All tagged history

It seems that most people don’t ask themselves, “Who am I?” Most people know who their parents are—and their grandparents and even their eight great-grandparents. So it seems that they’re sure of their ethnicity, religion and nationality. So it seems if you ask most people whether they know who they are, they’ll suppose it’s a trick question, and they’ll answer you unabashedly, “Sure, yes—of course I know who I am!”  But some people are not so sure.

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“[Good-bye] to officers who put ‘duty’ above ‘ethics,’ and to the troops who regularly complained that the Army’s Rules of Engagement were too strict—as if more brutality, bombing and firepower (with less concern for civilians) would have brought victory instead of stalemate.”

Words of Major Danny Sjursen, West Point graduate, who retired in 2018, after 18 years in the Army and 11 deployments, often to war zones. Words very unusual for a multi-medalist soldier who was teaching history at West Point. He had become a disillusioned pacifist after what he saw in his deployments to Iraq and Afghanistan—and he gave up his once-promising career, in order to speak out.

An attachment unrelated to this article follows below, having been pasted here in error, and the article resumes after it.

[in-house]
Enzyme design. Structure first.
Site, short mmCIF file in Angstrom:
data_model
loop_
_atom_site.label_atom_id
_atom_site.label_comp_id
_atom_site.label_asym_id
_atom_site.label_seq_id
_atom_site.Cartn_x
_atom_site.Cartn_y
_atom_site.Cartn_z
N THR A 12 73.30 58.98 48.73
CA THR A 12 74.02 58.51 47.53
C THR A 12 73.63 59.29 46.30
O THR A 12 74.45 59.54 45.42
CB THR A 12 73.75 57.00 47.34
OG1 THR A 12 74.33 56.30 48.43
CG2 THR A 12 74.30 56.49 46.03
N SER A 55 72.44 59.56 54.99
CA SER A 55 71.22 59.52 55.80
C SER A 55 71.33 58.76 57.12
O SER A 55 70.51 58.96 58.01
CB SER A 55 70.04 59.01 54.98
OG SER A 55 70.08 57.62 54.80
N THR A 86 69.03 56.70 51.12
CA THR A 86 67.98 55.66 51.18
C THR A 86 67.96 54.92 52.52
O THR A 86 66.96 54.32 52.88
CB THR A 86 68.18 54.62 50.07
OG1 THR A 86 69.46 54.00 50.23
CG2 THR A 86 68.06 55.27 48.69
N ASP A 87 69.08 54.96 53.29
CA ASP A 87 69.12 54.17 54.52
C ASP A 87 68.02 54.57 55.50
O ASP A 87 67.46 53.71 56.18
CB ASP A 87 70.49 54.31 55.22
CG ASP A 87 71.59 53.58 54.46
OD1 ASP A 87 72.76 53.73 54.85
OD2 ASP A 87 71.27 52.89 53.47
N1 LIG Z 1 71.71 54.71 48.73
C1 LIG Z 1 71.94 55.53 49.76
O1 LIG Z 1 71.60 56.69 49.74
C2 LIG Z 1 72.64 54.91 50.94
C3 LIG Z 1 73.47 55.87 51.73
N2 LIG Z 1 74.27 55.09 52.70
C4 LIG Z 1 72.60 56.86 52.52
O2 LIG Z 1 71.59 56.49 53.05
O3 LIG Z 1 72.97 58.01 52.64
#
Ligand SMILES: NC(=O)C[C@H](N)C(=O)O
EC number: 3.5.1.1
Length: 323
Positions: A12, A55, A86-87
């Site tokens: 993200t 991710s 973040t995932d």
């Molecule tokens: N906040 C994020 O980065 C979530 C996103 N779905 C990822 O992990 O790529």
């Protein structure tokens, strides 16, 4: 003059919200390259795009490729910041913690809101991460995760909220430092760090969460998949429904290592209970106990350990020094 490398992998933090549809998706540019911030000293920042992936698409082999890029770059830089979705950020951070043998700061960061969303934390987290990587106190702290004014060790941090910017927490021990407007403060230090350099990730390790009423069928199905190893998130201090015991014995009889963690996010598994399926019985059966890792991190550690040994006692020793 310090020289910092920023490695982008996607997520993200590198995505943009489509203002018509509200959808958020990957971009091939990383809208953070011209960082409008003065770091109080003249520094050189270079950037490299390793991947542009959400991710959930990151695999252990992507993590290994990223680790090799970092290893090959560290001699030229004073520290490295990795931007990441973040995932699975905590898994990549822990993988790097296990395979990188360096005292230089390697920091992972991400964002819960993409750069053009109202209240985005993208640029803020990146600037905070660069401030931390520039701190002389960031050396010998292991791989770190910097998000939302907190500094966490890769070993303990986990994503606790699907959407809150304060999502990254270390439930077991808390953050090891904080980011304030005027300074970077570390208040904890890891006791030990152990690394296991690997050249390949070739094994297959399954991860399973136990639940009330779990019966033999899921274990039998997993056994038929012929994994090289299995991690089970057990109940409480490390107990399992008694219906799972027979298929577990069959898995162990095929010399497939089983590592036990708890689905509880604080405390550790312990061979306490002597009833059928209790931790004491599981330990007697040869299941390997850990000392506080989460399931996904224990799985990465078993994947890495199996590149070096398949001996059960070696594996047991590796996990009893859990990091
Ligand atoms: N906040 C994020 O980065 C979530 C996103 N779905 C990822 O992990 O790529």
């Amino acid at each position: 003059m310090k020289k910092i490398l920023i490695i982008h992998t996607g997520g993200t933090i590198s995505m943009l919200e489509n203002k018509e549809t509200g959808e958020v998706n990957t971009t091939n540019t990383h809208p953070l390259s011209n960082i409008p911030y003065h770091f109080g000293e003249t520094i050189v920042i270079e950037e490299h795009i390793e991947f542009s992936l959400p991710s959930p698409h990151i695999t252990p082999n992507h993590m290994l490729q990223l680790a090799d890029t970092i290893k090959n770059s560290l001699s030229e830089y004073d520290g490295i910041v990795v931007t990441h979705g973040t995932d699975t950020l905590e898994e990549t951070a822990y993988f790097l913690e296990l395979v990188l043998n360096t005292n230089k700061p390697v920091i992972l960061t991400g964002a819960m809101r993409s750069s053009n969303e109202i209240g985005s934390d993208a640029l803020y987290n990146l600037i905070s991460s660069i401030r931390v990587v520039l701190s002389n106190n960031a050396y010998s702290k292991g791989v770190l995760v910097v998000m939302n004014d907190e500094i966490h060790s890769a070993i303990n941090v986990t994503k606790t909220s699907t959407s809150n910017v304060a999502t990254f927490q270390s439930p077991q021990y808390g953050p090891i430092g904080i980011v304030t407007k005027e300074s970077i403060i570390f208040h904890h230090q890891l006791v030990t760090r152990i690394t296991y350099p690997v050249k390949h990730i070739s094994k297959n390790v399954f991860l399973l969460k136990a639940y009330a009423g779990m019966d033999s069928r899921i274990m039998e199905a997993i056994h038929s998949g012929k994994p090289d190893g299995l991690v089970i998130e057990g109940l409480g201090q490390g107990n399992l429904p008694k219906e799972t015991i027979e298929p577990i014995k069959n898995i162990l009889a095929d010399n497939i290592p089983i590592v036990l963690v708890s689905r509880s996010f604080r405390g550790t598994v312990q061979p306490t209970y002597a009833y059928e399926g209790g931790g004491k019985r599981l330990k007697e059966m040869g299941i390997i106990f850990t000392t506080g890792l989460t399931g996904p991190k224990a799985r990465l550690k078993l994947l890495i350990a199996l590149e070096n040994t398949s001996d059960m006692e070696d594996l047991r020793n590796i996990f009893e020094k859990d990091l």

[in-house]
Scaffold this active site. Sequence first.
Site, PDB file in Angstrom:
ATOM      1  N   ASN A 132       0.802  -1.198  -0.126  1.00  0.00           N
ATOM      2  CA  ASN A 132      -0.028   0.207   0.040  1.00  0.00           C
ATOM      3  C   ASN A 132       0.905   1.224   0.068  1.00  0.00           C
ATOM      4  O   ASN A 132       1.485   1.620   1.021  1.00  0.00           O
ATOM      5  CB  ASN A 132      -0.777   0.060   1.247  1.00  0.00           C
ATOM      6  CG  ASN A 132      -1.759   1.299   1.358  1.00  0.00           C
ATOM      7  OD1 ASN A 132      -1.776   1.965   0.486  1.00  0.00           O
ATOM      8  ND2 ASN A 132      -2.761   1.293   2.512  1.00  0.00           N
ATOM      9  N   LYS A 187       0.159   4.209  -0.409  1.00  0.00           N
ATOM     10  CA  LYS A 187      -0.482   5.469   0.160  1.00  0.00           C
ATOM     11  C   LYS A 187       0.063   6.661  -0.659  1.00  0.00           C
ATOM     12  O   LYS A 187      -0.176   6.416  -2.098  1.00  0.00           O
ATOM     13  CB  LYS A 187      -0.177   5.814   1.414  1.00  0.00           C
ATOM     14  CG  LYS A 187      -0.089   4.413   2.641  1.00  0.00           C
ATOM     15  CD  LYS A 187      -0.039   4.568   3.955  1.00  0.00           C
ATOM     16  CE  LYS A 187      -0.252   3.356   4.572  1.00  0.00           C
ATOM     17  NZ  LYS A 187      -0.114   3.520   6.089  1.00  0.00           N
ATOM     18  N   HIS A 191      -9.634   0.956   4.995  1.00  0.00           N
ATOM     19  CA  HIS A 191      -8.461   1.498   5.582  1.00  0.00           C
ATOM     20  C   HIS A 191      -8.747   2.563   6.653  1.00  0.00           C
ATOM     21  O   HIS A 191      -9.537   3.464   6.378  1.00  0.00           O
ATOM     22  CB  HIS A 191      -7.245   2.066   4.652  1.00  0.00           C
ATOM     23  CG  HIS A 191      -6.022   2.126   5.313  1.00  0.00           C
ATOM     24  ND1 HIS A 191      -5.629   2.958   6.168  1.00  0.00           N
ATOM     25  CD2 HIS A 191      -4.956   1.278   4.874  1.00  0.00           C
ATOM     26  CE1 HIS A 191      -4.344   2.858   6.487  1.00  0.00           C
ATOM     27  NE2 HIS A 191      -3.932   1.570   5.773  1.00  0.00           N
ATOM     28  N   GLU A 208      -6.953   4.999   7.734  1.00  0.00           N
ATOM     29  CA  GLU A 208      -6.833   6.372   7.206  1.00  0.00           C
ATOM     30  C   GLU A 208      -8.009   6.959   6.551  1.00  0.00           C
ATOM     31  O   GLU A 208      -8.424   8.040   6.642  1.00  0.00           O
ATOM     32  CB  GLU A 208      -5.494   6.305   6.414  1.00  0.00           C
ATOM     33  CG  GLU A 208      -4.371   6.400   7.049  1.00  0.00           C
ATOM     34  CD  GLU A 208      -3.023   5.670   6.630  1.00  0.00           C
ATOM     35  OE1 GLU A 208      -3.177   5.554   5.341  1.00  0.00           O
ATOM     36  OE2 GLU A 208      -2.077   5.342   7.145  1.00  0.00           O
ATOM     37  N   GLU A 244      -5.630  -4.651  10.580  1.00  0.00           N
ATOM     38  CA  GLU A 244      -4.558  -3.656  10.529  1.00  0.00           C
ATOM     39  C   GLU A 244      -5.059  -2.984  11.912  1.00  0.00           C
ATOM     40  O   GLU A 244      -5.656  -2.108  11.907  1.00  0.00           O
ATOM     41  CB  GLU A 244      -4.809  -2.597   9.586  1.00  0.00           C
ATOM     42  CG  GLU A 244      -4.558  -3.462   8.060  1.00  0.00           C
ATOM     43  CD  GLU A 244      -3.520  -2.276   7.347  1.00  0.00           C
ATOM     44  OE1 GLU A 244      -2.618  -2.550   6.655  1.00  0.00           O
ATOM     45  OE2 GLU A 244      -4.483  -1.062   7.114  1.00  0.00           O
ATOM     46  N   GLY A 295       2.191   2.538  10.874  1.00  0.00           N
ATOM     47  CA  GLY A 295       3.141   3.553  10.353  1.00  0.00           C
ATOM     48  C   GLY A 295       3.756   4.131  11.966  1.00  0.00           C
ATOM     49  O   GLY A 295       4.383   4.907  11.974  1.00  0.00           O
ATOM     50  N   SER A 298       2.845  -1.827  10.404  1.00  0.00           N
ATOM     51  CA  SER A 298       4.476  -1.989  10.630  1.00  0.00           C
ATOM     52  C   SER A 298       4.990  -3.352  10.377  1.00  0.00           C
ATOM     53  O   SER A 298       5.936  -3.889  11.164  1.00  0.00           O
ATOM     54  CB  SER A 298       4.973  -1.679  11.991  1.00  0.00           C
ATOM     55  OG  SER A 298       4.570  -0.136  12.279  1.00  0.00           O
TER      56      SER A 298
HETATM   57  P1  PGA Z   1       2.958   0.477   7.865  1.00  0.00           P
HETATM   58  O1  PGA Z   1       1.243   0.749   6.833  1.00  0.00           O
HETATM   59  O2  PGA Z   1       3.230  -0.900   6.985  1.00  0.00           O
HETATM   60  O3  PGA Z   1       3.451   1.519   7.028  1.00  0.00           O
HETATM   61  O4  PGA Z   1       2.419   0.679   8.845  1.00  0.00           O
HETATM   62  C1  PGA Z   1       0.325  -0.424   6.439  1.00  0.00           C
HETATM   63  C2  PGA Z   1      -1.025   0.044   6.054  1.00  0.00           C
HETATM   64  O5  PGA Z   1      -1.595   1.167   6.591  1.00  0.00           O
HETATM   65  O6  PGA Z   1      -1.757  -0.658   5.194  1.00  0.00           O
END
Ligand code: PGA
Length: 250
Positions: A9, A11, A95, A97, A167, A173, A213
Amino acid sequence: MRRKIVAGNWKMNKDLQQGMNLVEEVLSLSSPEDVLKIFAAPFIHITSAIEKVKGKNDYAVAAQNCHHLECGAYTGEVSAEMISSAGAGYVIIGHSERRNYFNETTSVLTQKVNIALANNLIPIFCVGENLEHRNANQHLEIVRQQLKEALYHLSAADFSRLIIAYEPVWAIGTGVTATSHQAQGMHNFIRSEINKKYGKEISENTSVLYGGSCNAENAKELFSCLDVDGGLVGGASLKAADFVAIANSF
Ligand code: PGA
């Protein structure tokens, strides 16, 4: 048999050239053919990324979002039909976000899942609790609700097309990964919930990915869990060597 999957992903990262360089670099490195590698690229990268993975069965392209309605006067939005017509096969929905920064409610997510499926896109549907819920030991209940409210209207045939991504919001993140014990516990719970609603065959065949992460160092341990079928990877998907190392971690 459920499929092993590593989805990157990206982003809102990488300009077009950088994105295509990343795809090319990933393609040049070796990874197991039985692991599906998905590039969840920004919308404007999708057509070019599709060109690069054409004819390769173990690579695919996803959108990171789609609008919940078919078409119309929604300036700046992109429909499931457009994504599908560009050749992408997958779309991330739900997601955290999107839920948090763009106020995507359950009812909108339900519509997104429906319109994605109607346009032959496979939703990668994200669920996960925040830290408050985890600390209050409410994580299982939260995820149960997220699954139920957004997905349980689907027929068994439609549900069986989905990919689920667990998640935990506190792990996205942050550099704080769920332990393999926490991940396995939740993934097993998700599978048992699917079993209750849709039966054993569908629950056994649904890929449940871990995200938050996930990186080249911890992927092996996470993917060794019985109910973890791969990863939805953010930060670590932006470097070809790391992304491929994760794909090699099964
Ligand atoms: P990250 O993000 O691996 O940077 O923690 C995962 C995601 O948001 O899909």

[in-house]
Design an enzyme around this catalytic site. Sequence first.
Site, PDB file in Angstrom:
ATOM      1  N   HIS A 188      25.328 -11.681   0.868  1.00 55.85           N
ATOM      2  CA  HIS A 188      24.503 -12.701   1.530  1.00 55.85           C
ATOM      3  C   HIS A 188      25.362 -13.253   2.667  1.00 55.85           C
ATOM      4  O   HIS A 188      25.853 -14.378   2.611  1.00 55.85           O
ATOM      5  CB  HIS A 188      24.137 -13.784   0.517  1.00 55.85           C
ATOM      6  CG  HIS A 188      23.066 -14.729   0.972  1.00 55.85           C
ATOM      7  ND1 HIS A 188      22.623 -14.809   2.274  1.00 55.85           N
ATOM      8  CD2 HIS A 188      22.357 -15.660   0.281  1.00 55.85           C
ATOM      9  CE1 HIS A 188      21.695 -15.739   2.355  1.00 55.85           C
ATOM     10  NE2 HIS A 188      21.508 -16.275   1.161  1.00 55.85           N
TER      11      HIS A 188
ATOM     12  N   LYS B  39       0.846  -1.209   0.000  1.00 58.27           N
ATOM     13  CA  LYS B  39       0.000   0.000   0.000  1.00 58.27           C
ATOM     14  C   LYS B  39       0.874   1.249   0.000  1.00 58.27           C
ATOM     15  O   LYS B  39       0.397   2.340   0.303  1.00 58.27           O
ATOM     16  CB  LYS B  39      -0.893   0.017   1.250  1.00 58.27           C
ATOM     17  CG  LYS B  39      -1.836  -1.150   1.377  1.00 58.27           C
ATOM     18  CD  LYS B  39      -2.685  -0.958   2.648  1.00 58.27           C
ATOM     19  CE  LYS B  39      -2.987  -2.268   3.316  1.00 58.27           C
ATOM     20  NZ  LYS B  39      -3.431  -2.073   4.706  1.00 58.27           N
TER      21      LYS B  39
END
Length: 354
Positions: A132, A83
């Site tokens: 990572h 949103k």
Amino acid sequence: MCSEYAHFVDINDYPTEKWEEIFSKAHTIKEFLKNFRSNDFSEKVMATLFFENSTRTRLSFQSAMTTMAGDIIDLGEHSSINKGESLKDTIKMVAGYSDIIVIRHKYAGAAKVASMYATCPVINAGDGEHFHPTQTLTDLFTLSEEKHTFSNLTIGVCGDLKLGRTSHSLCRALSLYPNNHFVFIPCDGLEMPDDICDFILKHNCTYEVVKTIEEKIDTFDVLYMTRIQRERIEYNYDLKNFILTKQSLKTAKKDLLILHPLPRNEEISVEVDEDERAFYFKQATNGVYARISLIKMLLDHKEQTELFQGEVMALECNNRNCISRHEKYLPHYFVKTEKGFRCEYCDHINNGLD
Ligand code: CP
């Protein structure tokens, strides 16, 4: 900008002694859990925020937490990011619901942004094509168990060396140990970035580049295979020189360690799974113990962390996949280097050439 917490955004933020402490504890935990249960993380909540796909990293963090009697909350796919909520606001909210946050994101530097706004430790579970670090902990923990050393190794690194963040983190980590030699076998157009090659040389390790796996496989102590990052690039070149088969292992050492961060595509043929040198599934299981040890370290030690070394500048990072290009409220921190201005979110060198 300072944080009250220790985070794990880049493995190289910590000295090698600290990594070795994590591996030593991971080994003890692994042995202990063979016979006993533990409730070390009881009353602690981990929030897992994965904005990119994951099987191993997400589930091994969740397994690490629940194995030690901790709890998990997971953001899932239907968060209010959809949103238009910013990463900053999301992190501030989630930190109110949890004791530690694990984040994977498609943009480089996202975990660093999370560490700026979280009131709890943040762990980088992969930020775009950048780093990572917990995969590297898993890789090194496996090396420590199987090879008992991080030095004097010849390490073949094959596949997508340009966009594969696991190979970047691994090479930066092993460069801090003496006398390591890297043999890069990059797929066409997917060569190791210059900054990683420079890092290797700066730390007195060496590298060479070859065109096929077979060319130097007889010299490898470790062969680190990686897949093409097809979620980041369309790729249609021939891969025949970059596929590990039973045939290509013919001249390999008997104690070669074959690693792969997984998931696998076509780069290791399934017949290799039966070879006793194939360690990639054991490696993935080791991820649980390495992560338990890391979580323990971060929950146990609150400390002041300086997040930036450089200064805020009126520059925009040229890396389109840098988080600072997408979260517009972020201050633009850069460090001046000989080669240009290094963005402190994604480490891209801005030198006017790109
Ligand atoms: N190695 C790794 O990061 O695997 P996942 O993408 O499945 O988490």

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I have determined that one of my coming novels in the series, Once Upon a Time in the Texas Panhandle, will deal with the issue of whether to remove the Confederate statue from the central park of my fictitious city of Mackenzie, which is modeled after Amarillo. At present, there is an absolutely incredible number of such monuments, which are scattered throughout the former Confederate states. The central theme of my novel will be: Is it right to honor a soldier who served in the wrong army? That is, even if the soldiers of the Confederate States of America were heroes and valiant soldiers, were they mistaken in fighting for what became known as the “Lost Cause”?

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            My novels come from my experience growing up in the Texas Panhandle in the 1940s, 50s, and early 60s. This was during and after World War II, during and after the Korean War, before the Civil Rights Movement, and before Vietnam.

            When I was growing up, there were two underlying cultural influences in Texas: the Alamo and Appomattox—the memory of the War with Mexico, and the memory of the War Between the States (the American Civil War).

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